Burned by its failure to catch the Bernard Madoff Ponzi scheme, despite years of warnings from a tipster, the Securities and Exchange Commission couldn’t say no when Congress ordered it to pay whistleblowers.
There’s little love in official Washington for the Edward Snowden kind that takes secrets to the media. But people who turn in their bosses or companies to the government are viewed as heroes — eligible for compensation — in more and more corners of the federal bureaucracy.
“Let’s face it, blowing whistles is a career limiting, if not a career-ending act,” said Sean X. McKessy, chief of the SEC’s Office of the Whistleblower. In the high-dollar world of securities, he said, only a significant financial incentive would counterbalance that.
“We now have rewarded six people who have enabled us to prevent an ongoing fraud or conduct from getting worse,” he said. “I think that sends a message.”
Skeptics are countering that if the modest number of payouts doesn’t increase this year, faith in the program will wane.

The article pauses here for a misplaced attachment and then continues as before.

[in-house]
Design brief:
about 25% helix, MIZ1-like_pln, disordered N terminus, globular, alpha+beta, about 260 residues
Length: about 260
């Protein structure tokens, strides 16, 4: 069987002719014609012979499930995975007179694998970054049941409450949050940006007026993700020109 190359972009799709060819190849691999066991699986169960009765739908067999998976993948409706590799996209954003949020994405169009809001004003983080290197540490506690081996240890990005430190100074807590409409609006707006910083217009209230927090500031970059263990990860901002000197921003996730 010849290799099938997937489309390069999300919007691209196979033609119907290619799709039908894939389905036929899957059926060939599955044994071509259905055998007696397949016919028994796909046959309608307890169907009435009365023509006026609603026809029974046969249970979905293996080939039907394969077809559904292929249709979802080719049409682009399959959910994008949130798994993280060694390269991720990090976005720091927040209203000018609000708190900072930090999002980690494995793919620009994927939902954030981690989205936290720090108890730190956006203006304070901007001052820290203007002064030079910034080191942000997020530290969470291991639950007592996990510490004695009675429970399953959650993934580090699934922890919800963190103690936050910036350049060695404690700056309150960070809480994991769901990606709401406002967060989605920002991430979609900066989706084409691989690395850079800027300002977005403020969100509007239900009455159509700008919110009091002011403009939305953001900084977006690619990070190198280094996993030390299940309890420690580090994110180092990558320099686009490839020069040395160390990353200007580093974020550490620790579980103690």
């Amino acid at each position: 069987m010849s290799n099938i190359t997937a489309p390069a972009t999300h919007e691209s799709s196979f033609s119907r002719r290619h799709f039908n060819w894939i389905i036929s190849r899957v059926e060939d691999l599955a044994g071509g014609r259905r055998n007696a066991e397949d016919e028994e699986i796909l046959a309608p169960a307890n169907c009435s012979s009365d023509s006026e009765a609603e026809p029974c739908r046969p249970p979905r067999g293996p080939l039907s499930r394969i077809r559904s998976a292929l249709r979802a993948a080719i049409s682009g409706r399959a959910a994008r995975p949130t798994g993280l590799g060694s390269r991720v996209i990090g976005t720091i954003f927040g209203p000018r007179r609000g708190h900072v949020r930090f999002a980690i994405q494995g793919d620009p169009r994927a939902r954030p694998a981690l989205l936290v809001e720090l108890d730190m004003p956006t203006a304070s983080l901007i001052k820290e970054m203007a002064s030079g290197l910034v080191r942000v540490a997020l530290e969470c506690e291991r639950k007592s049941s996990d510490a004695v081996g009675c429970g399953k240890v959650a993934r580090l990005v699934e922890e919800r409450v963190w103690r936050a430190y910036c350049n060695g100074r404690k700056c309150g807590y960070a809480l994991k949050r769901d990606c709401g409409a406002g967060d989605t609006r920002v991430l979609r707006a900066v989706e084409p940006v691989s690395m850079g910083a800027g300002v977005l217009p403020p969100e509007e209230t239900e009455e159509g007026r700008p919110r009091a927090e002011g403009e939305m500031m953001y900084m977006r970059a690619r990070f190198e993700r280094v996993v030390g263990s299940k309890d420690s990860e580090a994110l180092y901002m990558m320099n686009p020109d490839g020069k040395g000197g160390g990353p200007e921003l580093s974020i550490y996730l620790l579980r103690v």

“I have to tell you that the program has had small returns so far,” said Patrick Burns, co-director of Taxpayers Against Fraud, a nonprofit group that backs whistleblowers. “The SEC is an apple tree. … We think it will produce more apples in the future.”
The Dodd-Frank financial reform law requires that when the SEC gets a tip that results in a payment by the company of $1 million or more, the whistleblower gets between 10 and 30 percent of the amount recovered. Awards should tend to the high side when the whistleblower tried to report the fraud within the company first.
The SEC’s Office of the Whistleblower has so far paid $14.88 million to its six whistleblowers. That total, though, is dominated by one $14 million payout on a case the SEC declines to detail.
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